- When you would like to gift anything to your beneficiaries in the trust or change trustees, do consult with your attorney.
- Consult with your attorney once Medicaid benefits are needed, if the trustee recipient dies, or if the financial or personal circumstances change.
- Do provide your homeowner’s insurance company and your accountant with information about the establishment of the MAPT.
- Do be careful in selecting your trustee(s).
Medicaid Asset Protection Trust Don’ts
- Don’t use it to cover personal expenses, utilities, or telephone bills.
- Don’t use it to purchase an automobile.
- Don’t take principal or capital gains out of trust resources, and don’t move your retirement accounts (IRAs and 401ks) into the trust.
- Don’t make changes to or transfers into the trust without consulting your attorney.
- Don’t allow beneficiaries to return any gifts made from the trust.
How to Protect Money from Medicaid
Too few elderly adults know and understand their rights and options regarding long-term care. Learn how to protect money and assets from Medicaid today, and avoid financial difficulty further down the road.
There are many reasons people try not to face this matter since it reminds everyone of their own mortality and can be very scary to consider. Some people think it won’t happen to them and they’ll somehow never need such care. But, the U.S. Department of Health and Human Services says that today’s 65-year-olds have nearly a 70% chance of needing some form of long-term care in their remaining years.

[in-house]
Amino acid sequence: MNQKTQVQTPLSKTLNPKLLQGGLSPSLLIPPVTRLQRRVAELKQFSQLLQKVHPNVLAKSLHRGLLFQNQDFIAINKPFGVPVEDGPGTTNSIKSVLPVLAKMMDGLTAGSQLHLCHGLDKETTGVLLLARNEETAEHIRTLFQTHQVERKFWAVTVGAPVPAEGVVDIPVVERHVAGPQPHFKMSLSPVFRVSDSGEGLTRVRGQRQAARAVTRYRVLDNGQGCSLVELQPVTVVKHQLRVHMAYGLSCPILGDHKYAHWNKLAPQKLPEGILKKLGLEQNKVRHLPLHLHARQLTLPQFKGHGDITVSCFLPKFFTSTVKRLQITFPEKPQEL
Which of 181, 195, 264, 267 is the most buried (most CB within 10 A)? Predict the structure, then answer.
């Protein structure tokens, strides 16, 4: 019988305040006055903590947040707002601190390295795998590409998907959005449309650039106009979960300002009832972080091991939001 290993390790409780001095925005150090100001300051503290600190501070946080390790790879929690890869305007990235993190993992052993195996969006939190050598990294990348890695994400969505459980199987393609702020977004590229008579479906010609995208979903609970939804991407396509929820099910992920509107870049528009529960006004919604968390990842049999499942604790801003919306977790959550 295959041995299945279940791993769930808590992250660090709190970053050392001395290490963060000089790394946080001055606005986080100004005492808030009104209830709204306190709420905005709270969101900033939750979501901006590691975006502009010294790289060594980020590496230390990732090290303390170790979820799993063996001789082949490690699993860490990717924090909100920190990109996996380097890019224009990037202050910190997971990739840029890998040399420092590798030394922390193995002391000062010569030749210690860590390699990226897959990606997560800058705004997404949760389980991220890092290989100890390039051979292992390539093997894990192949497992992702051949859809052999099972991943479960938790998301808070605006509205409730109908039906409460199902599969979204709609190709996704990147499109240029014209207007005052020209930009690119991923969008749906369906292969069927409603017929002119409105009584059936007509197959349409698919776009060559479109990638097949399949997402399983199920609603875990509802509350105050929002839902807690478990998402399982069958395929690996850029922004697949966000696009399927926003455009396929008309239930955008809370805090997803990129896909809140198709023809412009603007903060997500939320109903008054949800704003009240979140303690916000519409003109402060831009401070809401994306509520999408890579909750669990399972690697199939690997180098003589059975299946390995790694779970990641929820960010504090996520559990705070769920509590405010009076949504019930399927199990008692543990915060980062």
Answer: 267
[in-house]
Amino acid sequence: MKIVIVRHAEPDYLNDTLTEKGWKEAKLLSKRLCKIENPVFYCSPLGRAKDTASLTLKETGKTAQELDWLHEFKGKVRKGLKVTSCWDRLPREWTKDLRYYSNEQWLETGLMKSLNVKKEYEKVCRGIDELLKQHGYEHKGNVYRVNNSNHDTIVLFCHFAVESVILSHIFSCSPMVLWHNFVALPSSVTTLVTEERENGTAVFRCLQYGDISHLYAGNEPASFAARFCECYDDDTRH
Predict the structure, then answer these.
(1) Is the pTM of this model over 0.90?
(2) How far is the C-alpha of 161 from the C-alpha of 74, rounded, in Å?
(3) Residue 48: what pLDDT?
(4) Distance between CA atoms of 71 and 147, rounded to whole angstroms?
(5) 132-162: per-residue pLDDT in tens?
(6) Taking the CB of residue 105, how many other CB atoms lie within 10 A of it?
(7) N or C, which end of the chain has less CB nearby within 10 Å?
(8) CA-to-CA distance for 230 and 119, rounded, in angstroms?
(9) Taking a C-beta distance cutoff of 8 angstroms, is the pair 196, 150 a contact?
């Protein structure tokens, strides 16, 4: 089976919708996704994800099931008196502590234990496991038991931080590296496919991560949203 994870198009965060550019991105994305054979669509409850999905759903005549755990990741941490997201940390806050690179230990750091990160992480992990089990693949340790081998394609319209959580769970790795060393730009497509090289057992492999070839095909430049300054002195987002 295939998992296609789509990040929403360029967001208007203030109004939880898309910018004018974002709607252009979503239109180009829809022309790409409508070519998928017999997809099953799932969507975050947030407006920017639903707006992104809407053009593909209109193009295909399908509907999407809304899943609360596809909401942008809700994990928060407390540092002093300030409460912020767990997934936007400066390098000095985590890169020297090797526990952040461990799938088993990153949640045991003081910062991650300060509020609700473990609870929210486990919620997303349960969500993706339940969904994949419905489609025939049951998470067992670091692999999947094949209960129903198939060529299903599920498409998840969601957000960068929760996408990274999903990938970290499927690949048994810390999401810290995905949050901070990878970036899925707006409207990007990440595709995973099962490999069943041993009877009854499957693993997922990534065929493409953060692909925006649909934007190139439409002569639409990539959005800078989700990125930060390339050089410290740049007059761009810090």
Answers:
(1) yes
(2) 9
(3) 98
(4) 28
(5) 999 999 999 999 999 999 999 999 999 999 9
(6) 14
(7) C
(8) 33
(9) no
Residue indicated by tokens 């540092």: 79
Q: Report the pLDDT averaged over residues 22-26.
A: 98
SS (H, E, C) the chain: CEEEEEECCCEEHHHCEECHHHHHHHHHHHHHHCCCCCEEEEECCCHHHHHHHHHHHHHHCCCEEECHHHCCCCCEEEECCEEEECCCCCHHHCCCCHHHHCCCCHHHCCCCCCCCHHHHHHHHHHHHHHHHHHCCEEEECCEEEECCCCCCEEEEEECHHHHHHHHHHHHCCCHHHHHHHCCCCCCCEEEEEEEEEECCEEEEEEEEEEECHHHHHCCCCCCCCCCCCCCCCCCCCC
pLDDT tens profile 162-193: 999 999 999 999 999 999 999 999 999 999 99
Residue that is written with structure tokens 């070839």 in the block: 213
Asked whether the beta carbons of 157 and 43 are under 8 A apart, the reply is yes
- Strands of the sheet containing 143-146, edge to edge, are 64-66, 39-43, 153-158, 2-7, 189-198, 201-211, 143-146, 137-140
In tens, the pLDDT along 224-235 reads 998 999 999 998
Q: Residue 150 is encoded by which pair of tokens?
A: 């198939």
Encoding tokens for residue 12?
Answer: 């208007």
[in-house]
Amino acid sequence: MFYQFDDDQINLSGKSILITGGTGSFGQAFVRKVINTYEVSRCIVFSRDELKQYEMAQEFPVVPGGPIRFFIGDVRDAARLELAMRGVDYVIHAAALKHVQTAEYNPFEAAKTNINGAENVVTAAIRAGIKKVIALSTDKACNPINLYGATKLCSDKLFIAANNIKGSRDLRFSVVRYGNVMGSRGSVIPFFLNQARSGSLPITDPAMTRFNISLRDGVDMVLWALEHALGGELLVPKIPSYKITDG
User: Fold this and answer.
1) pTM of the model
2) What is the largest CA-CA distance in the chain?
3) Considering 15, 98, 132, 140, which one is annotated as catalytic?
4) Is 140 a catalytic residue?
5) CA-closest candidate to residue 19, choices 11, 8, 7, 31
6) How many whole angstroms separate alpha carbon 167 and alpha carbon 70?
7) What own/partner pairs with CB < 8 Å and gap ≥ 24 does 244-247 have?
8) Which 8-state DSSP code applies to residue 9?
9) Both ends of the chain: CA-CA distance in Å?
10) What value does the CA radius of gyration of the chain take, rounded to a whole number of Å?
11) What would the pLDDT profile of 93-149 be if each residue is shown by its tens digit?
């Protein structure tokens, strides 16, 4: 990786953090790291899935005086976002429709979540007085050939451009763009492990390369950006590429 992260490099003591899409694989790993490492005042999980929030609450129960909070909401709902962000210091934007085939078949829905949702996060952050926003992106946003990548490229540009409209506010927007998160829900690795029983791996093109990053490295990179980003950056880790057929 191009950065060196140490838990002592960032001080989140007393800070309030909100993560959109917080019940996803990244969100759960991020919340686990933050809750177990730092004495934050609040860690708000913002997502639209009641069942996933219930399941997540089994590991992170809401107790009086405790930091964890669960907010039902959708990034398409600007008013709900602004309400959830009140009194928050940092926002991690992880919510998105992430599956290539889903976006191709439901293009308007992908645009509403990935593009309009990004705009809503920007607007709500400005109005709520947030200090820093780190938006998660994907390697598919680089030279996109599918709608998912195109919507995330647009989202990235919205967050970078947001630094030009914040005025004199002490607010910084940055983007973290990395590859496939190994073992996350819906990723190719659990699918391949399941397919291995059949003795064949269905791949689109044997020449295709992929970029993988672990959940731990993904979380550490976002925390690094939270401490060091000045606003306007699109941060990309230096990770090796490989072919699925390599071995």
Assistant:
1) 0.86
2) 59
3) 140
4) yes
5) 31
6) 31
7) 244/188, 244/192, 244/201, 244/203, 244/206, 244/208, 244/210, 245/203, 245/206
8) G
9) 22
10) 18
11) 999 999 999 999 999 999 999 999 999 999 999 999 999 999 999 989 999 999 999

Among the strategies people use to attempt to protect money are income trusts, transfers of property, caregiver agreements, personal annuities, Medicaid planning, and more. Many of these strategies work in certain situations but aren’t well-suited for everybody.
MAPT, on the other hand, is a good overall option for protecting assets. It allows the elderly member to maintain their lifestyle, insulate their wealth for the future, maintain some control of their assets, and preserve the capital gains tax exclusion on the primary residence.
How to Protect Assets from Medicaid
Many changes come; as life goes on and we grow older. Planning for your future care and the future of your family is just one of these changes. At the Law Offices of Paul Black, we help families make these decisions every day and go through the process.
Assets protection and protection of your property are things that you need to take seriously. Whether establishing a Medicaid Asset Protection Trust, setting up a will or living trust, or any other Medicaid purposes, we are here to help with all your elder law and estate planning needs. If you have tax concerns, you also need to hire a financial planner or an accountant. That way, you will prevent your loved ones from experiencing unfortunate tax effects.